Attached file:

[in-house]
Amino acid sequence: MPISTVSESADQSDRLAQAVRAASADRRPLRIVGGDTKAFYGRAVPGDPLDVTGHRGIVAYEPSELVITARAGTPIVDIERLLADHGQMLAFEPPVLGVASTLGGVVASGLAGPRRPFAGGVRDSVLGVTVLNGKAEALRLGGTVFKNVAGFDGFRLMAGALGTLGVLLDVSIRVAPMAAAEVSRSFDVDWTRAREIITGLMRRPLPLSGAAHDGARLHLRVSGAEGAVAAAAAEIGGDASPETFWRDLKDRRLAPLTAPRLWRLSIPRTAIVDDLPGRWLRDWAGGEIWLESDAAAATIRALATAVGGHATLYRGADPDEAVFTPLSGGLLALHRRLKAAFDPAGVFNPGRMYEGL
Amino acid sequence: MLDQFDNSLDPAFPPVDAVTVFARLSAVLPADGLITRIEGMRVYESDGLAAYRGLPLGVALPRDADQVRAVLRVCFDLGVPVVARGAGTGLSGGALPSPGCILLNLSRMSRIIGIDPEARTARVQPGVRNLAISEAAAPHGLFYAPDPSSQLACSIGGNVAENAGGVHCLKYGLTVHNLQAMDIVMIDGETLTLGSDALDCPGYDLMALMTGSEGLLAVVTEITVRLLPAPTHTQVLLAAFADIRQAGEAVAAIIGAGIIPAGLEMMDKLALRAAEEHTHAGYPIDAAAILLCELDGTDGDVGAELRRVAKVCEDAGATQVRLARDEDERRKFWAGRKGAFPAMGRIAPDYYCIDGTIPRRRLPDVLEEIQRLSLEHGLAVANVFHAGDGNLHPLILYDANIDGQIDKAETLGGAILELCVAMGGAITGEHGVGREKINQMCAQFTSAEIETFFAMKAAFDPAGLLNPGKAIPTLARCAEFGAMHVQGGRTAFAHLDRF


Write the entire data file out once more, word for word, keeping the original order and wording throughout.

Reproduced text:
[in-house]
Amino acid sequence: MPISTVSESADQSDRLAQAVRAASADRRPLRIVGGDTKAFYGRAVPGDPLDVTGHRGIVAYEPSELVITARAGTPIVDIERLLADHGQMLAFEPPVLGVASTLGGVVASGLAGPRRPFAGGVRDSVLGVTVLNGKAEALRLGGTVFKNVAGFDGFRLMAGALGTLGVLLDVSIRVAPMAAAEVSRSFDVDWTRAREIITGLMRRPLPLSGAAHDGARLHLRVSGAEGAVAAAAAEIGGDASPETFWRDLKDRRLAPLTAPRLWRLSIPRTAIVDDLPGRWLRDWAGGEIWLESDAAAATIRALATAVGGHATLYRGADPDEAVFTPLSGGLLALHRRLKAAFDPAGVFNPGRMYEGL
Amino acid sequence: MLDQFDNSLDPAFPPVDAVTVFARLSAVLPADGLITRIEGMRVYESDGLAAYRGLPLGVALPRDADQVRAVLRVCFDLGVPVVARGAGTGLSGGALPSPGCILLNLSRMSRIIGIDPEARTARVQPGVRNLAISEAAAPHGLFYAPDPSSQLACSIGGNVAENAGGVHCLKYGLTVHNLQAMDIVMIDGETLTLGSDALDCPGYDLMALMTGSEGLLAVVTEITVRLLPAPTHTQVLLAAFADIRQAGEAVAAIIGAGIIPAGLEMMDKLALRAAEEHTHAGYPIDAAAILLCELDGTDGDVGAELRRVAKVCEDAGATQVRLARDEDERRKFWAGRKGAFPAMGRIAPDYYCIDGTIPRRRLPDVLEEIQRLSLEHGLAVANVFHAGDGNLHPLILYDANIDGQIDKAETLGGAILELCVAMGGAITGEHGVGREKINQMCAQFTSAEIETFFAMKAAFDPAGLLNPGKAIPTLARCAEFGAMHVQGGRTAFAHLDRF